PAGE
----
“Is this a pain in her jaw or a pain in my neck?”

In textbooks, guidelines and letters from specialists to generalists, life can seem clear cut. Symptoms, signs and tests all mesh together; a diagnosis appears. Everyone is relieved, except the poor patient who must wrestle with the consequences.

In Primary Care, it is not like that; patients may come with some, any, none or all of the symptoms of not just one, but several conditions. The ANALYSING quadrant of the Map of Uncertainty in medicine can help here. This addresses the WDYDWYDKWTD moments that arise when one doctor and patient are working together and they still don’t have a working diagnosis.

Agnes is a 36 year old kick boxer. She often competes and accepts the bumps and bruises that follow. She ignored an achy pain in her left jaw for a few days, putting it down to a fall in a bout she lost. It didn’t get better, she started to feel unwell, with a slightly sore throat. A friend noticed a swelling in Agnes’ neck and recommended a visit to the GP.

This unusual set of symptoms may give the clinician a WDYDWYDKWTD moment! Is her jaw broken? Is the swelling an abscess, a haematoma, the start of a lymphoma? Why does Agnes feel vaguely ill? It is tempting to take rapid “dysfunctional ways out” here.  As she is not that unwell, reassurance that all will settle with time may seem appropriate.  An X-ray in the A and E department to rule out a fracture uses referral as a quick way out. When the X-ray is normal she will go home none the wiser about her problem. Avoiding a diagnosis and saying vaguely, “it’s probably a virus”, or giving an antibiotic “just in case” are other “dysfunctional ways out”.

Better to use the skills of accurate hypothesis generation, thinking rationally about the differences between ruling things in or ruling them out. Marshall Marinker famously characterised the work of the generalist as being to “marginalise danger, explore probability and tolerate or manage uncertainty” (reference 1)

Could the worst case scenarios here be ruled out?  The trauma cannot be discounted; is there a head injury, jaw fracture? Could the swelling be something serious, an early lymphoma perhaps?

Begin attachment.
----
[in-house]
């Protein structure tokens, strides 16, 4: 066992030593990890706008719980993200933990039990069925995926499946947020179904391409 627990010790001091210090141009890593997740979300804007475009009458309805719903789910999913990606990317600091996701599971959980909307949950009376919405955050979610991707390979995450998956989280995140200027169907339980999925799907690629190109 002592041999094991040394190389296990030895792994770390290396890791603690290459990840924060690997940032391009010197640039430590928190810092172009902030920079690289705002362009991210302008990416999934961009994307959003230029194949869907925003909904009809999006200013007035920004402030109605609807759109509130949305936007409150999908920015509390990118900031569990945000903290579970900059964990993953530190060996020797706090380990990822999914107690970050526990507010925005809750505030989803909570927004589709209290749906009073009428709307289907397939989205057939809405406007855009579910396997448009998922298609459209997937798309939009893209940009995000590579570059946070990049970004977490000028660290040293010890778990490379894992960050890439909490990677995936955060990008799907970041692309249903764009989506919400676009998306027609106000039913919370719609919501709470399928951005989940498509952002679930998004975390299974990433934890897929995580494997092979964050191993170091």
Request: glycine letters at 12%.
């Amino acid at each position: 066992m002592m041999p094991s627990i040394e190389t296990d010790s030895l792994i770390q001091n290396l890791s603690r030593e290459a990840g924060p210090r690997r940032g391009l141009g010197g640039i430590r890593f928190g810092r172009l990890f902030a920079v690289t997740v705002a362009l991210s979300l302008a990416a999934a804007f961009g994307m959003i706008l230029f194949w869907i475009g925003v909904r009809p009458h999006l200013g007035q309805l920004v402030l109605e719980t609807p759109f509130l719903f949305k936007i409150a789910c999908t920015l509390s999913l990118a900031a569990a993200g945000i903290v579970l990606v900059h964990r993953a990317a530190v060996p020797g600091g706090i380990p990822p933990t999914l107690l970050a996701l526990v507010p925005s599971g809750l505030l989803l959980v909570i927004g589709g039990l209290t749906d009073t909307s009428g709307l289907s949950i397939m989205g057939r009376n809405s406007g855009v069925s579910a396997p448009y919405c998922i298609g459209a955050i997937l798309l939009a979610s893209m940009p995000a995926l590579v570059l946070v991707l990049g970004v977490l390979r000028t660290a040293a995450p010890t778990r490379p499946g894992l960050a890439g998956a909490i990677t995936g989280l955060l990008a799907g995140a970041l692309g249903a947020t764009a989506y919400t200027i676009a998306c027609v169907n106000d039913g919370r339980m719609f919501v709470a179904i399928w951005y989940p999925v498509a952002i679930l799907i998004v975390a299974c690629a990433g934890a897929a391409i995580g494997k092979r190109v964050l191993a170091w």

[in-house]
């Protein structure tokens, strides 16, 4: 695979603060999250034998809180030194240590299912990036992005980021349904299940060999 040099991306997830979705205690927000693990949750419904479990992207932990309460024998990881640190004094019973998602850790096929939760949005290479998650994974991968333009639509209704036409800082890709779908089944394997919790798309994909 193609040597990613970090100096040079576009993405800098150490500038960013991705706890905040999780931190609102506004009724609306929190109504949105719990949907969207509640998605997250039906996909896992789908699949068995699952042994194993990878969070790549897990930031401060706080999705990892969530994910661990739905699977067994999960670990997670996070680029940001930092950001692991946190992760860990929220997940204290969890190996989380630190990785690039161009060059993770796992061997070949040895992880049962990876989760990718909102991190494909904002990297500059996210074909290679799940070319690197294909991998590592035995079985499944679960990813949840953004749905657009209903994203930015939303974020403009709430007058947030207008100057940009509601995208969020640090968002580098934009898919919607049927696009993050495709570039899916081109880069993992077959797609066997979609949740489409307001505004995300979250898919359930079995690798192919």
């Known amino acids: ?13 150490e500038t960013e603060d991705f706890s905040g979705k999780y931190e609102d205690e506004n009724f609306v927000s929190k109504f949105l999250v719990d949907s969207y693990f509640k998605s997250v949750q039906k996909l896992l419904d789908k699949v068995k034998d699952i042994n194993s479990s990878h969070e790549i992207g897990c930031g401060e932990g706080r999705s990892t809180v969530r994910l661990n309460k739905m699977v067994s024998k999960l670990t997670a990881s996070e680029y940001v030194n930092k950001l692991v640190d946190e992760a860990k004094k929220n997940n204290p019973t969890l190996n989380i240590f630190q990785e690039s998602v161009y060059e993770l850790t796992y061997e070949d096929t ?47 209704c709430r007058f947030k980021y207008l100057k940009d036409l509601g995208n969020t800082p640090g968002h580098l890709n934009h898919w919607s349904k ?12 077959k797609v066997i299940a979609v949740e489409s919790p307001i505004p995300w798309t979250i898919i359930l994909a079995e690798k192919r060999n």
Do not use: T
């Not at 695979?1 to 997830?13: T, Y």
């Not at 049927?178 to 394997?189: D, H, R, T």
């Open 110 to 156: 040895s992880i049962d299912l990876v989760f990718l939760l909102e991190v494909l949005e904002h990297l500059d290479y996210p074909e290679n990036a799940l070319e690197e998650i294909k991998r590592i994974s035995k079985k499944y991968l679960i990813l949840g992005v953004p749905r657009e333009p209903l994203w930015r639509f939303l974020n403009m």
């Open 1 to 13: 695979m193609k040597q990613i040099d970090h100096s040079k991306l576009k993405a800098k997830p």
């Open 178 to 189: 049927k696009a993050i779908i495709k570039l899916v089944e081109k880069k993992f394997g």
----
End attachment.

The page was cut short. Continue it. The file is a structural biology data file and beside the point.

As for probabilities, a fracture was not that likely; although stoical, Agnes would probably have sought help immediately if she had pain on eating, with swelling or bruising over the jaw. The neck swelling may indicate inflammation; is there a local infection? Or are there, as yet unnoticed, swellings elsewhere, in the axillae, groin or liver?

Clinical reasoning can help in deciding where to go next Doctors are keen to rule things OUT, because it reduces worry about serious issues, if they can be reasonably ruled out. Patients are naturally keener for answers and would like to know what has been ruled IN. Examination helped here.

Agnes was fully functioning and alert and had had no period of unconsciousness or head trauma. With no bruising or localised tenderness over the jawbone it was reasonable to “rule out” trauma as the cause for her current problems.

The neck swelling felt like a reactive lymph node and the absence of other enlarged glands, spleen or liver, made a lymphoma less likely. This left some inflammatory possibilities. Careful examination of Agnes’ face revealed a few subtle pinky red spots, all on the same side of the cheek, her skin being otherwise healthy. The ears and throat appeared normal and Agnes repeated that she was not her usual fit and active self.

Could anything be ruled IN? The spots were nonspecific. Pinkish, small and perhaps a bit tender. Was the gland in the neck reacting to an infection there and if so what kind?  The malaise and sore throat could indicate some kind of mild viral process, but that would not explain the spots nor the unilateral lymph nodes. Perhaps the pain was early shingles.

So in the WDYDWYDKWTD moment, what could the clinician do next? When things are not clear cut, follow up and reassessment are powerful diagnostic tools for managing uncertainty proactively. When handled correctly, this can build a strong doctor patient relationship and therapeutic alliance.

When these thinking processes were articulated explicitly with Agnes, she was happy to accept some pain relief and an early telephone review. 36 hours later her face was looking awful, “as you said doctor, things might change quickly”. When she returned, the diagnosis became obvious; there was a patch of shingles across her cheek.

Using explicit reasoning skills and timely reassessment, unnecessary X-rays, antibiotics and an Accident and Emergency attendance were avoided. Uncertainty is an important sign in clinical practice; holding uncertainty and working through it methodically can yield effective results.

  • Marinker M. Medical Audit and General Practice. London 1990

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